There’s a new option in Facebook’s security settings—users in the US can select a Facebook friend to be their legacy contact, the company announced today.
That person has very limited access to an account after its original owner dies: He or she can change your profile picture and cover photo, respond to friend requests, and pin a post at the top of your profile, as Facebook suggests, “to share a final message on your behalf or provide information about a memorial service.”
There’s still a lot your designated Facebook heir can’t do, including remove unflattering photos and posts or read private messages. Facebook may increase the heir’s access down the line, according to its help page on the topic. For now Facebook doesn’t want to overwhelm mourning friends or relatives with added responsibilities, a company spokeswoman, Jodi Seth, told the Wall Street Journal.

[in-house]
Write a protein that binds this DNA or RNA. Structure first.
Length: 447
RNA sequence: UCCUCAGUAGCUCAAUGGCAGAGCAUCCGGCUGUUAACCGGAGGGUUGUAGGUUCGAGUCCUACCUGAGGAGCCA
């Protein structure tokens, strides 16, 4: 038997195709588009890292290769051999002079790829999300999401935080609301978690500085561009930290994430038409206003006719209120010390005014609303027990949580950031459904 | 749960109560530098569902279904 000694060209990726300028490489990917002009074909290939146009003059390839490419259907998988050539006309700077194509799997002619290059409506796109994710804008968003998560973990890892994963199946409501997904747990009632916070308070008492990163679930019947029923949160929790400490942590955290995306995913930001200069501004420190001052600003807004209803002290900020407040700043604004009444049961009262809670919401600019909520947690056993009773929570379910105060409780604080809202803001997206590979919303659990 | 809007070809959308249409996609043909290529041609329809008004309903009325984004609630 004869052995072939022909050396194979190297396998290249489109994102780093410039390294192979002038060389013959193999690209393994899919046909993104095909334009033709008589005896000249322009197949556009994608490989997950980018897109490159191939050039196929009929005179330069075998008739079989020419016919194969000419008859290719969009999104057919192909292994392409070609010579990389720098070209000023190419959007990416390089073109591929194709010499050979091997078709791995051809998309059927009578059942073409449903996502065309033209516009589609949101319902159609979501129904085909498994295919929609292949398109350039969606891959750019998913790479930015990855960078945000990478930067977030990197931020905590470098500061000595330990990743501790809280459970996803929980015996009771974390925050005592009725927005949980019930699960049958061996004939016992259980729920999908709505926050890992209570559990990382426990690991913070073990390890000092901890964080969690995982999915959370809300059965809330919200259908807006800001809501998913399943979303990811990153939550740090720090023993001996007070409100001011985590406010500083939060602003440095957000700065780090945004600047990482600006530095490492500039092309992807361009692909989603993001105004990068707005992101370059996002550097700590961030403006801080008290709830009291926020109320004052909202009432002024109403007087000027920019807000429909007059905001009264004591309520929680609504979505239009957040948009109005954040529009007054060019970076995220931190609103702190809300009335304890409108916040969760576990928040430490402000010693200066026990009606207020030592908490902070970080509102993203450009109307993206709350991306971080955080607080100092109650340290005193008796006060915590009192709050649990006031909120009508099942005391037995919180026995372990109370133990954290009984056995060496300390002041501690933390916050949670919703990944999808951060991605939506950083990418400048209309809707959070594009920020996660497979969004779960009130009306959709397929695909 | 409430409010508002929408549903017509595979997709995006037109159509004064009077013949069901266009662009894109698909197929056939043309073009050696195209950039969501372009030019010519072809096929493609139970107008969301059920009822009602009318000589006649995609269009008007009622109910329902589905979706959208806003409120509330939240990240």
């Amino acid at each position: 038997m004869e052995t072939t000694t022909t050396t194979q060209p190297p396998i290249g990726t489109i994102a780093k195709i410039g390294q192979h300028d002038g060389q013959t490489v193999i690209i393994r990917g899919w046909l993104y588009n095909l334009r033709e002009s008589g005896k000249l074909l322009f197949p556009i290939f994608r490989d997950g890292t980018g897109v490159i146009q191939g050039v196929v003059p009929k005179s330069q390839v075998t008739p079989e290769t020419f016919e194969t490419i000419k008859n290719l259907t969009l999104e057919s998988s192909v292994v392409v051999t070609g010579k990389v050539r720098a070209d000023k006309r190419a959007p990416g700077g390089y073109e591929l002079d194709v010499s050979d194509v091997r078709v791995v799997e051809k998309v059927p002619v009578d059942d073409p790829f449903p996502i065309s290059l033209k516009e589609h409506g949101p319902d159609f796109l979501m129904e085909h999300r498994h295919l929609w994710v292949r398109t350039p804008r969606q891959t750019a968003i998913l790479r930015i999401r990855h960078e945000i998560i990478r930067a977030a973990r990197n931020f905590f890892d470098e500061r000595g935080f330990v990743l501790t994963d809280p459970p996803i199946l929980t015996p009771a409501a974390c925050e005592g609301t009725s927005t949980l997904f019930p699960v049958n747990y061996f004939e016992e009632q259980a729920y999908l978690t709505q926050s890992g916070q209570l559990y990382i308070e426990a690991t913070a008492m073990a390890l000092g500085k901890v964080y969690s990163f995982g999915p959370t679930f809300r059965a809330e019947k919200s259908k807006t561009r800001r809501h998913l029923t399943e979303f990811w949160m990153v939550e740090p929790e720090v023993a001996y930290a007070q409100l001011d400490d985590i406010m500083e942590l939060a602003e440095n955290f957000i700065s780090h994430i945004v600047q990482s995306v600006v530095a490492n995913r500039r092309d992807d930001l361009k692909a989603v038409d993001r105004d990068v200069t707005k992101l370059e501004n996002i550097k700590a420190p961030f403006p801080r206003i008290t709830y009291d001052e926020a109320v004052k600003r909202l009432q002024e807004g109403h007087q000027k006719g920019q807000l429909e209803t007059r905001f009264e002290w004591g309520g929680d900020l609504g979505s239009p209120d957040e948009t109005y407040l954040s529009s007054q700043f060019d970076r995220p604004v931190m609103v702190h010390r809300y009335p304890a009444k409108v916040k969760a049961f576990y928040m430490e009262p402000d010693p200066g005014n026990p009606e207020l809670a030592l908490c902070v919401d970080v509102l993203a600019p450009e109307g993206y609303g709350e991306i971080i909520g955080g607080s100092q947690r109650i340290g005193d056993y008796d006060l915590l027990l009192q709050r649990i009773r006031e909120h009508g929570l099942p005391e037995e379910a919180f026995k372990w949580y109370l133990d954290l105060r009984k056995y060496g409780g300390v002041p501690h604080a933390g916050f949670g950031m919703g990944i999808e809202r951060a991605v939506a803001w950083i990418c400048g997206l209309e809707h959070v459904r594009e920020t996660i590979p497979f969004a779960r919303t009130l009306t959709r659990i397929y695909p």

The legacy contact will only have access after Facebook is notified of the death and memorializes a profile.
“Over the years, after hearing about the role Facebook played in helping people remember those who have passed on, it became clear we could do more to support those who are grieving and give people a choice in how their account is managed after their death,” a Facebook spokesman told Quartz via email.
There are a few decisions a user can make when choosing a legacy friend—you can give them permission to download everything you shared on Facebook, for example. And Facebook offers a form message to send to your designated heir:
Hi [name], Facebook now lets people choose a legacy contact to manage their account if something happens to them: https://www.facebook.com/help/1568013990080948
Since you know me well and I trust you, I chose you. Please let me know if you want to talk about this.
This whole process is optional. You can also choose to do nothing, or ask Facebook to delete your account upon death.